Urdu flamboyance

Unlike adaptations that have been done of other classic epics (Ashok Banker's Ramayana for instance) what Farooqi offers us is a direct translation from the Urdu into English with no concessions to modernity. Therefore your experience reading the text comes as close as possible to being the same as if it were still in the original Urdu. All the flamboyance and extravagance of language that coloured the original narrative remains, and although accustoming yourself to it might take a while, you'll eventually find yourself enjoying the exclamatory flourishes and elaborate sentences.

​​ The Adventures of Amir Hamza begins before the central character is born, describing events that occur that will help shape his destiny. We also learn valuable information as to the various factions within the kingdom and how even before his conception there are those who are destined to be his enemies. Of course once he's born the action really picks up. At the age of five he's already having adventures that would put grown men to shame.

As Hamza ages his exploits continue to grow and his reputation expands as he fulfils the destiny foretold before he was born of rescuing the Emperor's throne and crown from the clutches of a notorious outlaw while still a teenager.

Amar, a teacher of humility

One of my favourite characters in the story isn't Hamza, but one of his boon companions, Amar bil Fatah. Amar is a great thief and trickster who delights in the discomfort of others. As an infant he contrived to steal the milk from the breasts of the wet nurse who was caring for him, Hamza, and another baby so that he grew plump while the other two stayed small. At first his trickery is indiscriminate and mean-spirited so that only through the friendship of Hamza is he saved from being exiled or cast aside. While he never loses his taste for stealing and trickery, as an adult he puts his talents to good use to take revenge upon those who would discredit or harm his dearest friend and patron, Hamza.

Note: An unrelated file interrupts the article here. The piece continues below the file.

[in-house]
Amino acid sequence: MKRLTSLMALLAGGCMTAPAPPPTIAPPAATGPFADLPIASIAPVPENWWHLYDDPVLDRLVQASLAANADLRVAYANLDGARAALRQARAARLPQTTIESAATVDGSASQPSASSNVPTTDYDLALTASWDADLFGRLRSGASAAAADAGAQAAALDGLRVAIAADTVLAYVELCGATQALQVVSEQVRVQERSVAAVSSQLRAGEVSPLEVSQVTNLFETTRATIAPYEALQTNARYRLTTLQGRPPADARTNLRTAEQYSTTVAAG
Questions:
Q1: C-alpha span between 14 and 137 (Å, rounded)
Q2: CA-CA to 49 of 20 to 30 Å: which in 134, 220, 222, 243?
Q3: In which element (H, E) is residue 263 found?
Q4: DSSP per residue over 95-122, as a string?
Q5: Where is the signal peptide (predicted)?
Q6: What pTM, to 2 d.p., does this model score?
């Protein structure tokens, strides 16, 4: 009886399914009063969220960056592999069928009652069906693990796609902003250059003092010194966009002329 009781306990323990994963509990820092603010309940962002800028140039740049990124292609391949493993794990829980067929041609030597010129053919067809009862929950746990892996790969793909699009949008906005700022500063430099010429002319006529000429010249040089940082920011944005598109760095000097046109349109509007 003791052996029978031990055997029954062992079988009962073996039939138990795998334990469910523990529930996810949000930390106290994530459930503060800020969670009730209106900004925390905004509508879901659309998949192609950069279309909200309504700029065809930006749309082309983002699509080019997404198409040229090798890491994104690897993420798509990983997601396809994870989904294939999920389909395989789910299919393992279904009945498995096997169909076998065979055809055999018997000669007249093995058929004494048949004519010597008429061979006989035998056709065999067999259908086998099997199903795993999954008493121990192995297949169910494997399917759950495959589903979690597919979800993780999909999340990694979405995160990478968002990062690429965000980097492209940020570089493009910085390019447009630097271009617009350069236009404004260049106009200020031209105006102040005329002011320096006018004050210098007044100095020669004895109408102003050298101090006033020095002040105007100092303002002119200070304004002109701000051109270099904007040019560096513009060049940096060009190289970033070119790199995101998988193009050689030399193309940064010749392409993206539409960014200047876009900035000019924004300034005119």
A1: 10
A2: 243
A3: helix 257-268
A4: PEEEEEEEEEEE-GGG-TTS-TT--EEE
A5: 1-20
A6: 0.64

Not only does Amar provide comic relief from the seriousness of other events, he is also, like other trickster characters throughout history, a teacher of humility. He takes especial delight in deflating those, even his closest friends, who have let pride puff them up beyond their worth. He is a constant reminder to all the characters and the reader of what happens to you when you think too highly of yourself.

The Adventures of Amir Hamza is not only interesting to read because of its subject matter, it's a lot of fun. It contains all the adventure and excitement of some of the best of sword and sorcery stories while supplying an introduction to the legends and mythical heroes of a culture few know little or anything about. Musharraf Ali Farooqi's translation does an excellent job of recreating the sounds of the Urdu text thus allowing it to retain much of its original flavour.

Against the backdrop of global conflict, the war on terror and the threat of militant Islamism, the Hamzana – a tale that has evolved over centuries and empires and that so congenially blends different epochs and cultures – is a splendid reminder of the variety and mutability of Islamic culture.

Richard Marcus

© Qantara.de 2008

The Adventures of Amir Hamza, By Ghalib Lakhnavi and Abdullah Bilgrami. Translated by Musharraf Ali Farooqi. Foreword by Hamid Dabashi. 948 pp. The Modern Library. $45.

Richard Marcus has published over 1300 articles. He currently edits Epic India Magazine, an online arts and culture magazine focusing on South East Asia in general and India specifically, is a contributing editor at the pop culture site Blogcritics.org and the mind behind the iconoclastic site Leap In The Dark. His work has appeared in such diverse places as the German edition of Rolling Stone Magazine and The Bangladesh Star.